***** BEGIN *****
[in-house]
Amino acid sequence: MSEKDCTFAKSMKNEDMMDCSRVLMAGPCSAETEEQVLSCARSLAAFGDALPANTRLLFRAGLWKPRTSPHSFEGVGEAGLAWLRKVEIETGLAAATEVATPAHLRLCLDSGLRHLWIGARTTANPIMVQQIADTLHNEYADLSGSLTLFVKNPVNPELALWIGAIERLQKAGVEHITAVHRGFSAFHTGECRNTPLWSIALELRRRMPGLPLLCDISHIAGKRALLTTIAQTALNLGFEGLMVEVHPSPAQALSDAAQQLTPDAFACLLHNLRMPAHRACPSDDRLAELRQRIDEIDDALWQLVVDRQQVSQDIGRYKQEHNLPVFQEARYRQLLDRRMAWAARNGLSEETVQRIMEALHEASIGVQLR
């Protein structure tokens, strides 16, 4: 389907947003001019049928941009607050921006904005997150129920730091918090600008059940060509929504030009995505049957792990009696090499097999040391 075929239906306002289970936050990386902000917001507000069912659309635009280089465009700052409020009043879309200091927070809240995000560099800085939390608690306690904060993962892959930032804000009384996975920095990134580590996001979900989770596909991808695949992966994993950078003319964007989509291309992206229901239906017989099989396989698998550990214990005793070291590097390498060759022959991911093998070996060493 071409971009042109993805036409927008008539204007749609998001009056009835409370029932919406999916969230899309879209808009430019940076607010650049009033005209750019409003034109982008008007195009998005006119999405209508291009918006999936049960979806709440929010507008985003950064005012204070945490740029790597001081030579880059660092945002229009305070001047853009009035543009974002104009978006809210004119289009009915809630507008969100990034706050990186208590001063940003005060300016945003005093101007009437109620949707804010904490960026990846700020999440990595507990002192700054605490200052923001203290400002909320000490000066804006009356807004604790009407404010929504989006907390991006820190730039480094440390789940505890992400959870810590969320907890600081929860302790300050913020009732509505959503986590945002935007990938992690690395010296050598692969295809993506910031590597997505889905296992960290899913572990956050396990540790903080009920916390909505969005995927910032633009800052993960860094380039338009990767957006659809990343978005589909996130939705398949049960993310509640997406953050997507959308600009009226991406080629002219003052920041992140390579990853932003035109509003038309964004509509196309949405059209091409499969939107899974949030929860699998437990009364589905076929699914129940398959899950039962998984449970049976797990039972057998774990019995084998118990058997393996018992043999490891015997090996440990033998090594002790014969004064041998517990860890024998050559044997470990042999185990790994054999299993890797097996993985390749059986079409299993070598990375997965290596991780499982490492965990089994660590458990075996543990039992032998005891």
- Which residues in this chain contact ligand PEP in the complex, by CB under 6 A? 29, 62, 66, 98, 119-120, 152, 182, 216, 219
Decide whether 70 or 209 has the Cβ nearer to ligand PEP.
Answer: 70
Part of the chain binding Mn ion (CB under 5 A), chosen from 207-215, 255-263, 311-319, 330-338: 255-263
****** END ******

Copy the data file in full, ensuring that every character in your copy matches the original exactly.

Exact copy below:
[in-house]
Amino acid sequence: MSEKDCTFAKSMKNEDMMDCSRVLMAGPCSAETEEQVLSCARSLAAFGDALPANTRLLFRAGLWKPRTSPHSFEGVGEAGLAWLRKVEIETGLAAATEVATPAHLRLCLDSGLRHLWIGARTTANPIMVQQIADTLHNEYADLSGSLTLFVKNPVNPELALWIGAIERLQKAGVEHITAVHRGFSAFHTGECRNTPLWSIALELRRRMPGLPLLCDISHIAGKRALLTTIAQTALNLGFEGLMVEVHPSPAQALSDAAQQLTPDAFACLLHNLRMPAHRACPSDDRLAELRQRIDEIDDALWQLVVDRQQVSQDIGRYKQEHNLPVFQEARYRQLLDRRMAWAARNGLSEETVQRIMEALHEASIGVQLR
């Protein structure tokens, strides 16, 4: 389907947003001019049928941009607050921006904005997150129920730091918090600008059940060509929504030009995505049957792990009696090499097999040391 075929239906306002289970936050990386902000917001507000069912659309635009280089465009700052409020009043879309200091927070809240995000560099800085939390608690306690904060993962892959930032804000009384996975920095990134580590996001979900989770596909991808695949992966994993950078003319964007989509291309992206229901239906017989099989396989698998550990214990005793070291590097390498060759022959991911093998070996060493 071409971009042109993805036409927008008539204007749609998001009056009835409370029932919406999916969230899309879209808009430019940076607010650049009033005209750019409003034109982008008007195009998005006119999405209508291009918006999936049960979806709440929010507008985003950064005012204070945490740029790597001081030579880059660092945002229009305070001047853009009035543009974002104009978006809210004119289009009915809630507008969100990034706050990186208590001063940003005060300016945003005093101007009437109620949707804010904490960026990846700020999440990595507990002192700054605490200052923001203290400002909320000490000066804006009356807004604790009407404010929504989006907390991006820190730039480094440390789940505890992400959870810590969320907890600081929860302790300050913020009732509505959503986590945002935007990938992690690395010296050598692969295809993506910031590597997505889905296992960290899913572990956050396990540790903080009920916390909505969005995927910032633009800052993960860094380039338009990767957006659809990343978005589909996130939705398949049960993310509640997406953050997507959308600009009226991406080629002219003052920041992140390579990853932003035109509003038309964004509509196309949405059209091409499969939107899974949030929860699998437990009364589905076929699914129940398959899950039962998984449970049976797990039972057998774990019995084998118990058997393996018992043999490891015997090996440990033998090594002790014969004064041998517990860890024998050559044997470990042999185990790994054999299993890797097996993985390749059986079409299993070598990375997965290596991780499982490492965990089994660590458990075996543990039992032998005891």
- Which residues in this chain contact ligand PEP in the complex, by CB under 6 A? 29, 62, 66, 98, 119-120, 152, 182, 216, 219
Decide whether 70 or 209 has the Cβ nearer to ligand PEP.
Answer: 70
Part of the chain binding Mn ion (CB under 5 A), chosen from 207-215, 255-263, 311-319, 330-338: 255-263